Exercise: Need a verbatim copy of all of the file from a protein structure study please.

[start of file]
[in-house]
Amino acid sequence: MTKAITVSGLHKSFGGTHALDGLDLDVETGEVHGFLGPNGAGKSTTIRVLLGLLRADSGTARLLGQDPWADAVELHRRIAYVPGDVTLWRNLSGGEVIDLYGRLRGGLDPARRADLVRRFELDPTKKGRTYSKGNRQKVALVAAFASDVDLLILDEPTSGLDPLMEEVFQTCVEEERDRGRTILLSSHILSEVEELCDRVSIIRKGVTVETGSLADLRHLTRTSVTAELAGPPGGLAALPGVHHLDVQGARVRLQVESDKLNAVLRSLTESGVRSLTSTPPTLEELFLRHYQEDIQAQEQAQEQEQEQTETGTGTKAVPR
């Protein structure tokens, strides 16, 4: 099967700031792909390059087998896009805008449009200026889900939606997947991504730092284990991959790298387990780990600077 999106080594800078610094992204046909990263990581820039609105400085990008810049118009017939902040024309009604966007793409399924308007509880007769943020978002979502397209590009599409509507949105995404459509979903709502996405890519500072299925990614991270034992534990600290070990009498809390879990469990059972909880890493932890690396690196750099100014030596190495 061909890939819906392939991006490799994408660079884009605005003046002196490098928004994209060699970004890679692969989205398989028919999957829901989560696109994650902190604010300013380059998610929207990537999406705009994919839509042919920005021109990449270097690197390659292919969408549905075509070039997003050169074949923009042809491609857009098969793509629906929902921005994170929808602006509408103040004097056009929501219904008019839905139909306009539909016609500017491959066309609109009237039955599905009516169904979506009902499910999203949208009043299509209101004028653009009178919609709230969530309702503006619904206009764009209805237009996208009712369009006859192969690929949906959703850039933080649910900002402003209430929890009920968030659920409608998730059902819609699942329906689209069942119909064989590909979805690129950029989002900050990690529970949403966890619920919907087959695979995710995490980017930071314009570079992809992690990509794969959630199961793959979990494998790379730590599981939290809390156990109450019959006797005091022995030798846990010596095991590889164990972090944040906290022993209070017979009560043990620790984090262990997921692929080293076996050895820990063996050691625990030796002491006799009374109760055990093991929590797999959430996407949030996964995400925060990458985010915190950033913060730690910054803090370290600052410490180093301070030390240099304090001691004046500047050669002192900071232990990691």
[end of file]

[in-house]
Amino acid sequence: MTKAITVSGLHKSFGGTHALDGLDLDVETGEVHGFLGPNGAGKSTTIRVLLGLLRADSGTARLLGQDPWADAVELHRRIAYVPGDVTLWRNLSGGEVIDLYGRLRGGLDPARRADLVRRFELDPTKKGRTYSKGNRQKVALVAAFASDVDLLILDEPTSGLDPLMEEVFQTCVEEERDRGRTILLSSHILSEVEELCDRVSIIRKGVTVETGSLADLRHLTRTSVTAELAGPPGGLAALPGVHHLDVQGARVRLQVESDKLNAVLRSLTESGVRSLTSTPPTLEELFLRHYQEDIQAQEQAQEQEQEQTETGTGTKAVPR
């Protein structure tokens, strides 16, 4: 099967700031792909390059087998896009805008449009200026889900939606997947991504730092284990991959790298387990780990600077 999106080594800078610094992204046909990263990581820039609105400085990008810049118009017939902040024309009604966007793409399924308007509880007769943020978002979502397209590009599409509507949105995404459509979903709502996405890519500072299925990614991270034992534990600290070990009498809390879990469990059972909880890493932890690396690196750099100014030596190495 061909890939819906392939991006490799994408660079884009605005003046002196490098928004994209060699970004890679692969989205398989028919999957829901989560696109994650902190604010300013380059998610929207990537999406705009994919839509042919920005021109990449270097690197390659292919969408549905075509070039997003050169074949923009042809491609857009098969793509629906929902921005994170929808602006509408103040004097056009929501219904008019839905139909306009539909016609500017491959066309609109009237039955599905009516169904979506009902499910999203949208009043299509209101004028653009009178919609709230969530309702503006619904206009764009209805237009996208009712369009006859192969690929949906959703850039933080649910900002402003209430929890009920968030659920409608998730059902819609699942329906689209069942119909064989590909979805690129950029989002900050990690529970949403966890619920919907087959695979995710995490980017930071314009570079992809992690990509794969959630199961793959979990494998790379730590599981939290809390156990109450019959006797005091022995030798846990010596095991590889164990972090944040906290022993209070017979009560043990620790984090262990997921692929080293076996050895820990063996050691625990030796002491006799009374109760055990093991929590797999959430996407949030996964995400925060990458985010915190950033913060730690910054803090370290600052410490180093301070030390240099304090001691004046500047050669002192900071232990990691």